Book Review: Falling Into The Mob

Jan 4, 2017

It’s blustery cold, gets dark early, and has been a challenging political season – a perfect storm that suggests it just might be the time to settle in with good escapist fiction. Falling Into the Mob more than qualifies. It’ll make you laugh and hold your attention as you try to figure out how its skillful author will resolve the absurdities and threats surrounding his unlikely hero. Written by veteran journalist and corporate speechwriter Steve Zousmer, Falling Into the Mob is sure to restore your spirits and at the same time get you thinking about life at the top – the political top and the top of a major New York crime family.

When we meet Phillip Vail, a 59-year old divorced, mild-mannered guy living alone in Westchester, he’s out of breath, and out of ideas of what to do with his life. He’s been thinking about retirement or as he calls it the “transition to geezerdom,” even though his one remaining speechwriting client may declare for the presidency of the United States. For sure, Phil doesn’t want to exercise or go overseas on bus tours, but so far nothing grabs his interest. He’s feeling, he says, “superfluous, marginalized, pushed to the sidelines.” Then fate intervenes. Doesn’t it always.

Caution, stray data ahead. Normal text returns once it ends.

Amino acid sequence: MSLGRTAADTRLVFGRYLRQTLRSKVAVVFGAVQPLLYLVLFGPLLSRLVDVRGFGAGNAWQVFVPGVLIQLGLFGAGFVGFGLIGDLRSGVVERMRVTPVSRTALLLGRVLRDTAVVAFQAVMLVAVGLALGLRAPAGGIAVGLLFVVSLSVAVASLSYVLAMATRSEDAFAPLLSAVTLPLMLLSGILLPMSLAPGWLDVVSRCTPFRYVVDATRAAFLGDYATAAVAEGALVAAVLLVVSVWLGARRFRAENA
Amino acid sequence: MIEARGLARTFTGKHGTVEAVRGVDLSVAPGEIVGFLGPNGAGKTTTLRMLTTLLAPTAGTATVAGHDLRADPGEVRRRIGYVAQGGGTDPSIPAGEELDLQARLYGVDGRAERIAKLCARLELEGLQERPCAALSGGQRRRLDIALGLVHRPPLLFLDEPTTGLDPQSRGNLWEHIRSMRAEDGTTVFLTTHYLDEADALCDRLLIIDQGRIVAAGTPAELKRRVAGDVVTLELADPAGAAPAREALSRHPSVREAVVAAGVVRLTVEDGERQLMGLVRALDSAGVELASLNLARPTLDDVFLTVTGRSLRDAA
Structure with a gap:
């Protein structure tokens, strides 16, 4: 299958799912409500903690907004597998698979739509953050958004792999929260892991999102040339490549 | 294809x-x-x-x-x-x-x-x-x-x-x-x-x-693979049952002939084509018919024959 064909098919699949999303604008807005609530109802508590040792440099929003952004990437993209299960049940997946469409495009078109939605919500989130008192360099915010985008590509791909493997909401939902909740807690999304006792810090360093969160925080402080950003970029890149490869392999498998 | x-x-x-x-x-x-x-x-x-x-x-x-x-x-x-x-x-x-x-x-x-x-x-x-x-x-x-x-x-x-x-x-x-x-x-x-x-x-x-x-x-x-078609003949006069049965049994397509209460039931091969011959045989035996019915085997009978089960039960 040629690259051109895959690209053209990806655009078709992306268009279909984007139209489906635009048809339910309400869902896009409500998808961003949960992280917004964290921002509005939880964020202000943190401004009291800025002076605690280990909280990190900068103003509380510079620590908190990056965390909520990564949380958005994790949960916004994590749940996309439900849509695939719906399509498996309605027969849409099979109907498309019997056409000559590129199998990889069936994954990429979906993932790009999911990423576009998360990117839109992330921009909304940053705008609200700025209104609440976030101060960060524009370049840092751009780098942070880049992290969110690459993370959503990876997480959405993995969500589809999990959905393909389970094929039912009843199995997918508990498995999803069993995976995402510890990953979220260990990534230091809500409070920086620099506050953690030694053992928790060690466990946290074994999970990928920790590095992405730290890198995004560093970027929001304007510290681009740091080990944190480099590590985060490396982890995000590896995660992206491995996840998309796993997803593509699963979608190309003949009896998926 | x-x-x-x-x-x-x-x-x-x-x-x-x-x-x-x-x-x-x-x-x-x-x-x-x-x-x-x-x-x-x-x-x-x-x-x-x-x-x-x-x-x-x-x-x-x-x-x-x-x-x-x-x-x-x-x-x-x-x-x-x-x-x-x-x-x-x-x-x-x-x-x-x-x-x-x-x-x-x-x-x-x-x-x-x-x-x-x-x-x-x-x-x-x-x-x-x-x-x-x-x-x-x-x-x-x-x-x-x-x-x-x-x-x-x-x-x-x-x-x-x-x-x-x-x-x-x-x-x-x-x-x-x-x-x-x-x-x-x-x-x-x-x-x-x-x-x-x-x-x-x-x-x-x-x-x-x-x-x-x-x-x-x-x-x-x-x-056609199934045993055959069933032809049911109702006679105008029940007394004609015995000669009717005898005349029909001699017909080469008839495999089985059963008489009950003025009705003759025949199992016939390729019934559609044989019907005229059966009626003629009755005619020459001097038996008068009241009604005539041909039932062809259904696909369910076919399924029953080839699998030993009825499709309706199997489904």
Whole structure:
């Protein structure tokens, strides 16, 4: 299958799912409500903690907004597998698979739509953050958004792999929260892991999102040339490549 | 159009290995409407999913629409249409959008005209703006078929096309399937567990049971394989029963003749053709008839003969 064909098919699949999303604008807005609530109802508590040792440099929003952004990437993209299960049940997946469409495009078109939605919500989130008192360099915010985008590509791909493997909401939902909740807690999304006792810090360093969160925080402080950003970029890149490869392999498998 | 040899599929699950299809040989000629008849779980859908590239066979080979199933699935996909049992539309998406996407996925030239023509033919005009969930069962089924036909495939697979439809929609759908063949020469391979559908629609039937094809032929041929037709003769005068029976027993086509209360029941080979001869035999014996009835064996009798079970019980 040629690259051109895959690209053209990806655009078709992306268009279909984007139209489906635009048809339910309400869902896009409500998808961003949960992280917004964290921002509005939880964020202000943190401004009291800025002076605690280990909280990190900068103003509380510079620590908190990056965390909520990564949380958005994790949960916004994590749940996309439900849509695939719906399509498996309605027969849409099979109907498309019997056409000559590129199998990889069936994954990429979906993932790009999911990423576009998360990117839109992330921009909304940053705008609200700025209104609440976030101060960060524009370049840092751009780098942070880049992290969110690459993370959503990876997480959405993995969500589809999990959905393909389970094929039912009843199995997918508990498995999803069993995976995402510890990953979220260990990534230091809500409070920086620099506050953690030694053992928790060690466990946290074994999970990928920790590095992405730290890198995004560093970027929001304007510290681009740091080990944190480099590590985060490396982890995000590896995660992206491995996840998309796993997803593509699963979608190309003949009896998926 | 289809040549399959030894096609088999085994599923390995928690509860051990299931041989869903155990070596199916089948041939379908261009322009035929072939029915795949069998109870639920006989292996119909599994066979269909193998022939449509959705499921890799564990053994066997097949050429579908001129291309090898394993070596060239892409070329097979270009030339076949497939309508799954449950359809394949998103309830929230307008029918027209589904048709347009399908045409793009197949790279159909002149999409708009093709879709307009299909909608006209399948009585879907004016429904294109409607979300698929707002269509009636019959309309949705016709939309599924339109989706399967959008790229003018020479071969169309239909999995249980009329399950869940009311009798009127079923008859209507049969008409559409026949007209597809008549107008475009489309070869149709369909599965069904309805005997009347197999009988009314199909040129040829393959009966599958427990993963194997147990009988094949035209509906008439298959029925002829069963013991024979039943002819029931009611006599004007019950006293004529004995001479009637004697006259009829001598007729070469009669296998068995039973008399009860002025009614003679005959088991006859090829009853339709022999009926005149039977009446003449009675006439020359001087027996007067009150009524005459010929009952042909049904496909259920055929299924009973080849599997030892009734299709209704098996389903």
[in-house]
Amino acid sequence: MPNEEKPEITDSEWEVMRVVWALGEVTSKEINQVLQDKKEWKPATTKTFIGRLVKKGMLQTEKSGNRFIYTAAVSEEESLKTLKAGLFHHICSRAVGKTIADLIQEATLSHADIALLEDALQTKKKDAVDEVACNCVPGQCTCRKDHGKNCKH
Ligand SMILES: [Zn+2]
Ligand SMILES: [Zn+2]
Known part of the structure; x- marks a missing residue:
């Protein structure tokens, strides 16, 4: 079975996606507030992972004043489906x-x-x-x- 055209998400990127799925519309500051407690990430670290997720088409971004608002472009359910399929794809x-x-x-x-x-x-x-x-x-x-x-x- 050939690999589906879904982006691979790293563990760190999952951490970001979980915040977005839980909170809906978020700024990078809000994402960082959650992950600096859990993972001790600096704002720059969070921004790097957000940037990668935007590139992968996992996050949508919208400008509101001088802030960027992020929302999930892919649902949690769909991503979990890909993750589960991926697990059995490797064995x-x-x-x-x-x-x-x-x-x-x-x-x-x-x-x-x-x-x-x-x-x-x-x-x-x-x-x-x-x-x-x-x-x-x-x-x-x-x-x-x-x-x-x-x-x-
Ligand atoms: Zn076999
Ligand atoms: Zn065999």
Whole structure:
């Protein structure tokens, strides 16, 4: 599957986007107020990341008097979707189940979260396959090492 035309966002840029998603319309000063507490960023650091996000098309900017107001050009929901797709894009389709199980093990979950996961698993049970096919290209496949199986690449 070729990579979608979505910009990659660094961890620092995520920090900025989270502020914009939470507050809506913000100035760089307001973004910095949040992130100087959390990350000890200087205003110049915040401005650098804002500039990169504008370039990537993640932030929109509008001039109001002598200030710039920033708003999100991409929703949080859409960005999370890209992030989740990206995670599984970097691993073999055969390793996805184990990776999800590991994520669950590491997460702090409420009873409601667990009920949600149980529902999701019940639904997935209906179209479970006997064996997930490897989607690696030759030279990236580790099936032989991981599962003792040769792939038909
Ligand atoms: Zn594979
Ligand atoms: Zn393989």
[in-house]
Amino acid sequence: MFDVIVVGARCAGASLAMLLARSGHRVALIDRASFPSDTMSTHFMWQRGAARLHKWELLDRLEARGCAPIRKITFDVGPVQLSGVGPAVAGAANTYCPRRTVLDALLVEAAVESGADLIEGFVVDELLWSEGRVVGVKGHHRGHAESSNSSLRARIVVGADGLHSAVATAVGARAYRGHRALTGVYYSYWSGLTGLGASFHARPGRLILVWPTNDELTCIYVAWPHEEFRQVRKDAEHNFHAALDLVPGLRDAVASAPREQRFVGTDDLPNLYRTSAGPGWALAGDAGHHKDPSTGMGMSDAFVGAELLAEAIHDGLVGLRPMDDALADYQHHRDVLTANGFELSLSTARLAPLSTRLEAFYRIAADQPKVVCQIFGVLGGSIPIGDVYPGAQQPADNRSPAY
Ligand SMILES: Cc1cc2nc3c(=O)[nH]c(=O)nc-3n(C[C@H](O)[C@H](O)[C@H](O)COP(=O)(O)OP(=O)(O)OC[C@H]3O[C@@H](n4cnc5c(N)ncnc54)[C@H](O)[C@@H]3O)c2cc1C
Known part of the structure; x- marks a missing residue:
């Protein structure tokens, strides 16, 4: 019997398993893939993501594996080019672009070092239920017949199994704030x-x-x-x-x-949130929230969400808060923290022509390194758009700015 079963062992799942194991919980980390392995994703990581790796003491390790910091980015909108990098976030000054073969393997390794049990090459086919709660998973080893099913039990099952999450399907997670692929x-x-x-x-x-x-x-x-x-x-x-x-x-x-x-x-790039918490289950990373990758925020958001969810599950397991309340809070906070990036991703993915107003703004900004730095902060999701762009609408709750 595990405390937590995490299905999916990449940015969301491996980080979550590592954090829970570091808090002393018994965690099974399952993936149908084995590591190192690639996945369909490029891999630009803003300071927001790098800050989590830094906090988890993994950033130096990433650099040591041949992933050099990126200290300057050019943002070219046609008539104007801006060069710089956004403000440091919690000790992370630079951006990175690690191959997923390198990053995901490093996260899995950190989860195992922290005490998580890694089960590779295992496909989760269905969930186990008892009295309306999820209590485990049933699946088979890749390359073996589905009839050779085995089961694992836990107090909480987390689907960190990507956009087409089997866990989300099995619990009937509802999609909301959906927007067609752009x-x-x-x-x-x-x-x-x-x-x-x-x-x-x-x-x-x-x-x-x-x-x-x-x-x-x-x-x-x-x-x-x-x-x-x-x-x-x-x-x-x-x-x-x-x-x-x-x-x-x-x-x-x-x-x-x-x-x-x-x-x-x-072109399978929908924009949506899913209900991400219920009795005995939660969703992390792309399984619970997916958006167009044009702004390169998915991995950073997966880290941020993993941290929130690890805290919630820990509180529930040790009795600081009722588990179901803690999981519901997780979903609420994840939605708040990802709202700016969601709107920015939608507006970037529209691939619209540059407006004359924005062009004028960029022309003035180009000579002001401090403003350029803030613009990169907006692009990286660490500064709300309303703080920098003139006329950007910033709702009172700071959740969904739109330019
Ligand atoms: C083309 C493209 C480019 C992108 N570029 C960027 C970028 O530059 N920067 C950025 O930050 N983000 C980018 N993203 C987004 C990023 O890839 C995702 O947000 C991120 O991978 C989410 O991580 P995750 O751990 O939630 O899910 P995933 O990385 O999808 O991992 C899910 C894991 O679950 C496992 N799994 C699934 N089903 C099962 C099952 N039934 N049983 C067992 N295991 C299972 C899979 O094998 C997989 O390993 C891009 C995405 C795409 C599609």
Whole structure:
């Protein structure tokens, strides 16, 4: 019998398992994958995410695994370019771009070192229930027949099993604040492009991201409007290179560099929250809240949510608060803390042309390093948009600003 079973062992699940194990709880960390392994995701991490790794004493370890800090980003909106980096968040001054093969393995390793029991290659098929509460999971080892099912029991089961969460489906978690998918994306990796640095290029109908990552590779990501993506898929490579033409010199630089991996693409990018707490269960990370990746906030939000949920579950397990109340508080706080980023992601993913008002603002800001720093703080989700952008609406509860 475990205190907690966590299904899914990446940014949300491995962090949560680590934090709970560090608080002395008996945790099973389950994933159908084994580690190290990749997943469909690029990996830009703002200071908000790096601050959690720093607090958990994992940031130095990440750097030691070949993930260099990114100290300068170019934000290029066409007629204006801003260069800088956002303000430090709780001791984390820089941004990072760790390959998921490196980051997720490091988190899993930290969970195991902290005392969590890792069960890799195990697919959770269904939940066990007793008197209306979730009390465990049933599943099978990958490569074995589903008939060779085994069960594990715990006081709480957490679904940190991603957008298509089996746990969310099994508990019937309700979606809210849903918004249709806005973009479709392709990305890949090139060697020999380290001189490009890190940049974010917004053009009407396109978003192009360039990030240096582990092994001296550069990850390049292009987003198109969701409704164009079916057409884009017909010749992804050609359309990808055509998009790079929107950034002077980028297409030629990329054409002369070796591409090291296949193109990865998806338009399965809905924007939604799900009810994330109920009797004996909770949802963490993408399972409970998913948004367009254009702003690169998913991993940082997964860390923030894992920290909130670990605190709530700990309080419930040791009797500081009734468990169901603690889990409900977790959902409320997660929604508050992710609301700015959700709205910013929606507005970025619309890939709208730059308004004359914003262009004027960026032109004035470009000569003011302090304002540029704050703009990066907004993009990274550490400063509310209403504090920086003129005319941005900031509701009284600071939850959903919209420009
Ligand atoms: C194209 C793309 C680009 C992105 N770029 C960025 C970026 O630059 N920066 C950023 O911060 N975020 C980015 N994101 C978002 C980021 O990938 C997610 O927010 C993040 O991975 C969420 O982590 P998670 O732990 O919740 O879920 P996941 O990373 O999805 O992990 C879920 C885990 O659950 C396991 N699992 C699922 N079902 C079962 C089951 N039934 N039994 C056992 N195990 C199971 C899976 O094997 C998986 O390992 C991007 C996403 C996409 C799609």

Late one night going home from the city and thinking he’s too old to run for a train, he does. And makes it just as the door closes and he’s lurched into an aisle seat, almost tumbling into the woman sitting next to him. Later, about to exit the train he finds himself suddenly thrust into a violent situation, as a group of thugs intent on trouble, start beating him up. And then decide to gang rape the woman. From what resources he doesn’t know, but Phil refuses to get off at his stop and leave the woman alone. In short order, he will discover she can protect herself. The daughter of a dying Mafioso boss who loves to quote Shakespeare, she’s called her mob-brothers who rush to the train in their pajamas and, well, take care of the thugs. 

The Mafia boss insists on thanking Phil in person. And that in turn leads to Phil’s being made an offer he CAN refuse but…doesn’t. What ensues is wildly entertaining and inordinately clever as plot complication. The Mafiosi here have studied The Godfather, and one baddy obsesses reverently over Putin as a role model. For all the wackiness, however, the narrative rings true as an insider look at good bad guys and bad good guys in law enforcement and organized crime.

Told in smart-alecky prose and filled with wit, humor and farcical flair, including an all-out fist and bullet fight in a high end East Side restaurant, Falling Into the Mob has enough blood and gore and political cynicism to make it seem plausible. If truth can sometimes be stranger than fiction, fiction can sometimes be more powerful than facts. As Phil says, “Why lose credibility by telling the truth?” Fall Into the Mob is a lot of fun.